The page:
I met a walker along Possum Creek, my first human contact for a couple of days. He was skipping the shelter thanks to tales of mice and bushpigs, but I was too tired to do the same, besides, I have a plan to double hut tomorrow.
I arrived at Possum Springs Campsite at midday. I noticed Dropbears comment in the log book about the rats and pigs and put his concerns down to a bit of lonely night paranoia.
Had lunch and laid back chilling on a beautiful sunny afternoon; what a difference a day makes! The evening was not so relaxed. As sun set, the rats came out of their nest behind a piece of hardboard under one of the top bunks. I quickly hung my food up and vacated to my tent for a quieter night!
11/10/2013: Friday Day 15
Not many dramas today apart from a 33km walk and intermittent rain. It was a straightforward route, flat and taxing on my left ankle for some reason.
I crossed a few wet areas, such as "Plonkhole" where the wildflowers were beautiful.
The Wilhusen Road was as boring as it was straight, southbound for nearly 7 kilometres. I was glad to reach the Harris River flood plain, about 9:40am, and crossed with little problem; again, the flowers were stunning!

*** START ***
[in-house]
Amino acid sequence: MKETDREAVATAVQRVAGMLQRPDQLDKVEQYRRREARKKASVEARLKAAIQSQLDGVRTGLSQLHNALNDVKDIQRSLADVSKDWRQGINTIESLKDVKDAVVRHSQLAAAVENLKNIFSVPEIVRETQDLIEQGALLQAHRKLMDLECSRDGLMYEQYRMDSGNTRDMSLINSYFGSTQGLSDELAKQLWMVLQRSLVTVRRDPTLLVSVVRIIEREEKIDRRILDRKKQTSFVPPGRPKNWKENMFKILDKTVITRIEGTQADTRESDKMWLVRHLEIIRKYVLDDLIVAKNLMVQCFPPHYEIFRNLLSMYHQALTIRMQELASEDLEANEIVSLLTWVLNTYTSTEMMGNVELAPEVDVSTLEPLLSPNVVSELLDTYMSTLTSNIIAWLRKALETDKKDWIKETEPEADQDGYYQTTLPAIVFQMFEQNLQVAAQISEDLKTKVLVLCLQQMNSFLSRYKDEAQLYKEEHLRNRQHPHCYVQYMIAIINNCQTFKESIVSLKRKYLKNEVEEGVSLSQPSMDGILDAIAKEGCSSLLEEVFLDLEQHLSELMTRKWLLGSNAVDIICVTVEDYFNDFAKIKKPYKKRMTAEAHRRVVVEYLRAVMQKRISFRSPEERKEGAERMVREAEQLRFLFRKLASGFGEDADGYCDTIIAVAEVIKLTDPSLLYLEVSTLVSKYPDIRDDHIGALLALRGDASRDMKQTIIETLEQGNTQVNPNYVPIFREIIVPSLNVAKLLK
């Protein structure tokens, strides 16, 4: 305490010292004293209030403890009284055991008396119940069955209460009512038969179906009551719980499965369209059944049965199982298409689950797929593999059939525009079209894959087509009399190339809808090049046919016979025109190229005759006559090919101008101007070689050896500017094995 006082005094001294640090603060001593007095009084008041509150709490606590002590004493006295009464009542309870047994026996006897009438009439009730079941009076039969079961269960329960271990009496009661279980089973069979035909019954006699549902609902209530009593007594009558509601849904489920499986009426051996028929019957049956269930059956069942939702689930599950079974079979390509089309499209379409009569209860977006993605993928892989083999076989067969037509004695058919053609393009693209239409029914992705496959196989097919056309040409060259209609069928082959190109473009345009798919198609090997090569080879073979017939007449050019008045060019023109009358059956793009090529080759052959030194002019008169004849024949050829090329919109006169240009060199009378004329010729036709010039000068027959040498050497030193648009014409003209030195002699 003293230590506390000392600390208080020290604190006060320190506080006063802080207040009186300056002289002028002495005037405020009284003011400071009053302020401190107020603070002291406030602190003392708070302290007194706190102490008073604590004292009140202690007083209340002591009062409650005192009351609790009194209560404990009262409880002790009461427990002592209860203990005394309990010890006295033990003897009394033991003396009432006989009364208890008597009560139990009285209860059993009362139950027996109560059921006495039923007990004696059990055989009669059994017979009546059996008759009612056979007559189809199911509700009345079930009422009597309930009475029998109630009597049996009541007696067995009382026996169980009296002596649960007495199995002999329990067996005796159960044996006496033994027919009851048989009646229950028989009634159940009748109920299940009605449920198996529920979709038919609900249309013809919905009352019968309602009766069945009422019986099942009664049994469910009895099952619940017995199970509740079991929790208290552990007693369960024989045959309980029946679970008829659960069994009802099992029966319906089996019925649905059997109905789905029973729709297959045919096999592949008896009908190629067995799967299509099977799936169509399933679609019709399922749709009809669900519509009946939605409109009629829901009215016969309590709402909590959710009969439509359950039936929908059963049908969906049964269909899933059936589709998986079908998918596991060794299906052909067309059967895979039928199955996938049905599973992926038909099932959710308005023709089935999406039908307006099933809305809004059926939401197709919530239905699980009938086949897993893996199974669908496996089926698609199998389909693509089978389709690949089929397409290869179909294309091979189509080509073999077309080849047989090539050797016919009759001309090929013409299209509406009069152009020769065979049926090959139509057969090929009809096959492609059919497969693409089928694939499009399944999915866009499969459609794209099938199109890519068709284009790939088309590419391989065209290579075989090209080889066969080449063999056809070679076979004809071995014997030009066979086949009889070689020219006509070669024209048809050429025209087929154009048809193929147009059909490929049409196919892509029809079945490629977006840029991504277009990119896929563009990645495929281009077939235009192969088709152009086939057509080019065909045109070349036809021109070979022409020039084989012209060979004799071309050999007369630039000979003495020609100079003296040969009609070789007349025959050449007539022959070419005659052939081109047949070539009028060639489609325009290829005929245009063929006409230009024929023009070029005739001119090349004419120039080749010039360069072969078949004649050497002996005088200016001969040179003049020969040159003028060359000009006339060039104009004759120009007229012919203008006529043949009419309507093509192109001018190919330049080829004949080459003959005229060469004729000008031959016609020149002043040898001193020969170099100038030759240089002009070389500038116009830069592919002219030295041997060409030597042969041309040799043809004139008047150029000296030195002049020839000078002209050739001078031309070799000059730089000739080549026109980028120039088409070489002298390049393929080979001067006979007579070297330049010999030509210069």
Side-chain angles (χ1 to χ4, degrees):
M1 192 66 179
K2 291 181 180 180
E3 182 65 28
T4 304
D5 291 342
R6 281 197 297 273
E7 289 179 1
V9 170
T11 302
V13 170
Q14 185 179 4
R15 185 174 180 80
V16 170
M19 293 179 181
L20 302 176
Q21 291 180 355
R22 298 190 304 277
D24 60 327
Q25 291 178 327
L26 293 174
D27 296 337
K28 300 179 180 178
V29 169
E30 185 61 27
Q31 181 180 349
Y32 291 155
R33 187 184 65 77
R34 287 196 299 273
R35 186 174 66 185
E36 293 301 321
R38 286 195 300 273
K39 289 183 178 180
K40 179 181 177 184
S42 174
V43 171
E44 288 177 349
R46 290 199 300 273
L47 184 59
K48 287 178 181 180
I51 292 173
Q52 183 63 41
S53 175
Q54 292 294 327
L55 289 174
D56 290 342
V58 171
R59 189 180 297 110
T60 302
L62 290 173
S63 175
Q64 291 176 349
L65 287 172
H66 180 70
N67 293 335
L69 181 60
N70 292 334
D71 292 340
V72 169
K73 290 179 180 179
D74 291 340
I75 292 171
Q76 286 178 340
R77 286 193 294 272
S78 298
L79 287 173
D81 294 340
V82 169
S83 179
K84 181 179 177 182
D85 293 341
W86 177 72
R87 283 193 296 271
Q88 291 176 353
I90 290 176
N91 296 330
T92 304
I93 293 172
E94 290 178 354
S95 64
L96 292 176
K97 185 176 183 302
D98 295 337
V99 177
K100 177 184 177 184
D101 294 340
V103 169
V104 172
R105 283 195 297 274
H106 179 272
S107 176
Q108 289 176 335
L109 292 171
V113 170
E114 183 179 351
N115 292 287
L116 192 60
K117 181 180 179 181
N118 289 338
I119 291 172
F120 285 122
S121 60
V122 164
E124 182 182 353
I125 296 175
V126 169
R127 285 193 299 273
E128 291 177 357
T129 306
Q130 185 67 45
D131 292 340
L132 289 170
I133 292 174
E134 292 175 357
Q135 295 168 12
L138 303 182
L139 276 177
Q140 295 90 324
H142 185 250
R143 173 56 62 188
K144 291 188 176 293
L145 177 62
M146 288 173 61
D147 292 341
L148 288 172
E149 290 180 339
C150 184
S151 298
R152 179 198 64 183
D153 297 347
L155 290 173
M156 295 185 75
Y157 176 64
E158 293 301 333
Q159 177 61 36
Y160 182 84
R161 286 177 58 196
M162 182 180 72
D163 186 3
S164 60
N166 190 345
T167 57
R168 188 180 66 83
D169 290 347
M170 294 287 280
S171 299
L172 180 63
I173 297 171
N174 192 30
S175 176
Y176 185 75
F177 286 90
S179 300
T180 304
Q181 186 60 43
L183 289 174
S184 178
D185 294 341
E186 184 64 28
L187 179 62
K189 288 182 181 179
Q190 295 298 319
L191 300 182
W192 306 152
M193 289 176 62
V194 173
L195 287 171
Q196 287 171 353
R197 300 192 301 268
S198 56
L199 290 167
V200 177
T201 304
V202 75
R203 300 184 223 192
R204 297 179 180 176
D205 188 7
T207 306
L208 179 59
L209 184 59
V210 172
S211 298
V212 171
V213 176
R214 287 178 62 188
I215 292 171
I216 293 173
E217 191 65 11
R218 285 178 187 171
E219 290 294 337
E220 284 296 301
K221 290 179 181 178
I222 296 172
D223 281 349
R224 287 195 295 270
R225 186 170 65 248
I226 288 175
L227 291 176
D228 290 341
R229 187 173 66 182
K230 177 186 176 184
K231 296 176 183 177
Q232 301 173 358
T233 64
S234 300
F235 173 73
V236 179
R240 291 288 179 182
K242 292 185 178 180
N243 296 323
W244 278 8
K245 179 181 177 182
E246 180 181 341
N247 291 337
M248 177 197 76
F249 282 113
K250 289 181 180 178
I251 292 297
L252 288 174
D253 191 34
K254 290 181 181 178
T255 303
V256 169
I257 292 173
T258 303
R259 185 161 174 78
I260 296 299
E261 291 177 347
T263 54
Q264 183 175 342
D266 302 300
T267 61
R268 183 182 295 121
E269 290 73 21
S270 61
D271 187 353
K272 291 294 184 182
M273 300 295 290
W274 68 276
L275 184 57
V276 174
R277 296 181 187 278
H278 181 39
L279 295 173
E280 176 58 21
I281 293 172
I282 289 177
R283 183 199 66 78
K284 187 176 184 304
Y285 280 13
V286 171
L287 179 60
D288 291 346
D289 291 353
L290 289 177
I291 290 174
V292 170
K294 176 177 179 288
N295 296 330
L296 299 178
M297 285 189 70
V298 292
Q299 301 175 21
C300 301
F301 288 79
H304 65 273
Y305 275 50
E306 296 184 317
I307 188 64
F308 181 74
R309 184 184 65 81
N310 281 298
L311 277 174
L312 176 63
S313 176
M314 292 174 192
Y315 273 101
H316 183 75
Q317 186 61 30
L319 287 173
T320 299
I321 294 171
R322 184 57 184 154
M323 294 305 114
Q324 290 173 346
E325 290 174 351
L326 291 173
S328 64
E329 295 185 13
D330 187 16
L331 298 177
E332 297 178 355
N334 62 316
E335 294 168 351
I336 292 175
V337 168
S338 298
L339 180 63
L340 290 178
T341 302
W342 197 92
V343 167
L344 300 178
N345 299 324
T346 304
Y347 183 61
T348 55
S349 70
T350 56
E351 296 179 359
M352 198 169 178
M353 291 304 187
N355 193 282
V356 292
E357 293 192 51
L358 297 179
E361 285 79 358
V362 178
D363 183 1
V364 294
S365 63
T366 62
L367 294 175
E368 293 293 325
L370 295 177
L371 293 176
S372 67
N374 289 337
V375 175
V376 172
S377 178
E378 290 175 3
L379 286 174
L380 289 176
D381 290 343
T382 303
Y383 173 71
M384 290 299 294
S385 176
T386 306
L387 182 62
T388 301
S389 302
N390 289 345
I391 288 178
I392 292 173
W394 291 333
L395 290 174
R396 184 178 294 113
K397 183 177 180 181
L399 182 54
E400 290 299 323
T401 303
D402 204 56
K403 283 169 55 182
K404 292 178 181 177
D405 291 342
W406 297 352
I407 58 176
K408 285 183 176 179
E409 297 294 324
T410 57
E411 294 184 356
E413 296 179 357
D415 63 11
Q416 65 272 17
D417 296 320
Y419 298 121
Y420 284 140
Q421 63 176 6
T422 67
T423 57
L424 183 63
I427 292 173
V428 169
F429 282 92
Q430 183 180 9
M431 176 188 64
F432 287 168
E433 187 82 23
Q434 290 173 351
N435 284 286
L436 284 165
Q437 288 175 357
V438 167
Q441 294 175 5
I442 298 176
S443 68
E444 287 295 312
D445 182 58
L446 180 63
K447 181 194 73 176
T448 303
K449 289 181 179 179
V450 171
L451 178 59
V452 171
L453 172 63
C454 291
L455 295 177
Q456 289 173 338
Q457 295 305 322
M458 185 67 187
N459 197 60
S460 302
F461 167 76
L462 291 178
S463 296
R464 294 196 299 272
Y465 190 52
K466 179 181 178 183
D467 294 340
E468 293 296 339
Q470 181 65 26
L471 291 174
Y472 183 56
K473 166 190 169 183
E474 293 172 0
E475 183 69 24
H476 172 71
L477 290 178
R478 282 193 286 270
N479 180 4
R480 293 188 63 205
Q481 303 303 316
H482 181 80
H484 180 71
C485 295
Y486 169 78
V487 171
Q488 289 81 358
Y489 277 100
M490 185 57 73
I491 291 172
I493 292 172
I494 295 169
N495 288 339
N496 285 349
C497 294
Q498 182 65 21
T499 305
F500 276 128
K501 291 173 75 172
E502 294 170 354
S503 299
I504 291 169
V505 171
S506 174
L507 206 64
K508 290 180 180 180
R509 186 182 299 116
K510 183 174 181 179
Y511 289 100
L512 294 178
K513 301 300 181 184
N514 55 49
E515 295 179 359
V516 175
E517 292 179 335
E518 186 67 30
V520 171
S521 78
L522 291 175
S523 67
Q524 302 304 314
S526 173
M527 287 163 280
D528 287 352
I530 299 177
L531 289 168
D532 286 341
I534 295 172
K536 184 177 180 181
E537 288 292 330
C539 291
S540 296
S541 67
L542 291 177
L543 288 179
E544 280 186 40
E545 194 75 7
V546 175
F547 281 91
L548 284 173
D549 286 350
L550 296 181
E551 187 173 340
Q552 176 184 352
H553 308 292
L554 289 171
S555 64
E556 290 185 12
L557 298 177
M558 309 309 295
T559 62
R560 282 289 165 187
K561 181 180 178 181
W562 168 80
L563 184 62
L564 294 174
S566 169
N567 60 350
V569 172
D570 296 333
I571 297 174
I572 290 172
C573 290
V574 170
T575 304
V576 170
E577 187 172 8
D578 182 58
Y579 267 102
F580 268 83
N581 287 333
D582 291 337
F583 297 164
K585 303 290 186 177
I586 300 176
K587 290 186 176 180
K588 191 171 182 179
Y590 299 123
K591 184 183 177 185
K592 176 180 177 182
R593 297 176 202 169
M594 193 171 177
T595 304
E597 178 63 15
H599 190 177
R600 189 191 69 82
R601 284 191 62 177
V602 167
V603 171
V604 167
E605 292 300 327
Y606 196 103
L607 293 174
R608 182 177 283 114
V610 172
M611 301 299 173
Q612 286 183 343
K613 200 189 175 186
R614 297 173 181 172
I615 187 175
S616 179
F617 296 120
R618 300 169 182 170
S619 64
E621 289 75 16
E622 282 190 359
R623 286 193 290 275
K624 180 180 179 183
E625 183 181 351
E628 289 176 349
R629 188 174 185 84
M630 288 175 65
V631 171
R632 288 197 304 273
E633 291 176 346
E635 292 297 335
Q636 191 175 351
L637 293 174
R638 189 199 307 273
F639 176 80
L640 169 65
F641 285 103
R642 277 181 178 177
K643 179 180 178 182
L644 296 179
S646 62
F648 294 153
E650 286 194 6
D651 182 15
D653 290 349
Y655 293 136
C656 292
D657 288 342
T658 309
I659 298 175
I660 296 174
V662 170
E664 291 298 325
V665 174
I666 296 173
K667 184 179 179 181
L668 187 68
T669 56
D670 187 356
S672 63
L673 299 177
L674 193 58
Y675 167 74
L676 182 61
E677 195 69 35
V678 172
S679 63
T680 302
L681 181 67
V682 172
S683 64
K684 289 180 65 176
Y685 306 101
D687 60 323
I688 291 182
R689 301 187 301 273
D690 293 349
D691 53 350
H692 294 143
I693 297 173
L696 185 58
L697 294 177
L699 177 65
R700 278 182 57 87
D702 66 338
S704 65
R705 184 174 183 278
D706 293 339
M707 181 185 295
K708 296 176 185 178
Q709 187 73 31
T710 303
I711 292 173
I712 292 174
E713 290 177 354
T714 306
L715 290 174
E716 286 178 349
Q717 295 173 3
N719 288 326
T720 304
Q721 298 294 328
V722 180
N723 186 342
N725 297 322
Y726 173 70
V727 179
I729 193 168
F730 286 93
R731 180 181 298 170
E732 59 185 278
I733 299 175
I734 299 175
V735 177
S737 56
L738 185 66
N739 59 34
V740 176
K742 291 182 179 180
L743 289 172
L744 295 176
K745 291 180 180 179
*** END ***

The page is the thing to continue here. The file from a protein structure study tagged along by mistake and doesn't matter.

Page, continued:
Yourdamung Campsite is a way off the track, and extra mileage for someone just dropping by to get water. I stopped to eat, while it rained again, and was away in the wet at just gone 11am.
By now, I had given up on a waterproof jacket. A sunny spell soon came along to dry me out, and the temperature was warm enough to negate hypothermia.
A long section through barely undulating forest, I reached Caversham Road by 2pm. My legs were spent but the old trick of tick points on the map saw the final 2.9km go quickly and I wandered into Harris Dam Campsite forty minutes later.
My biggest day, well chuffed to be over the 300km mark, Collie tomorrow will be a third of the Bibbulmun behind me!
12/10/2013: Saturday Day 16
Sunshine greeted me this morning and it was perfect all day.
Some short descent, disturbing a few roos along the way, I was down to the Harris Dam picnic site for a break.
I was going well and soon ticking of the kilometres!
As I strode on, I found the wildflowers becoming more prolific and beautiful.
I reached the railway that runs through Collie, and I knew the township was almost within reach.
Unfortunately, the designers of the route had other plans and took me on a hike around the outskirts to the spur trail. Still, more flowers to see.
Including this one with two little beetles sitting snugly in the morning sun.
Eventually, I was pleased to see the turn off! A good bed and food other than freeze dried awaited in a couple more kilometres!
Booked into the Colliefields Hotel, where I will be staying for three nights as the shops are shut on Sunday.
Spent most of the rest of the day writing up the blog, posting pics, with a side trip for a Big Mac, large fries and strawberry shake; it had to be done and was delicious!
324 kilometres done, and a third of the way!
To be continued..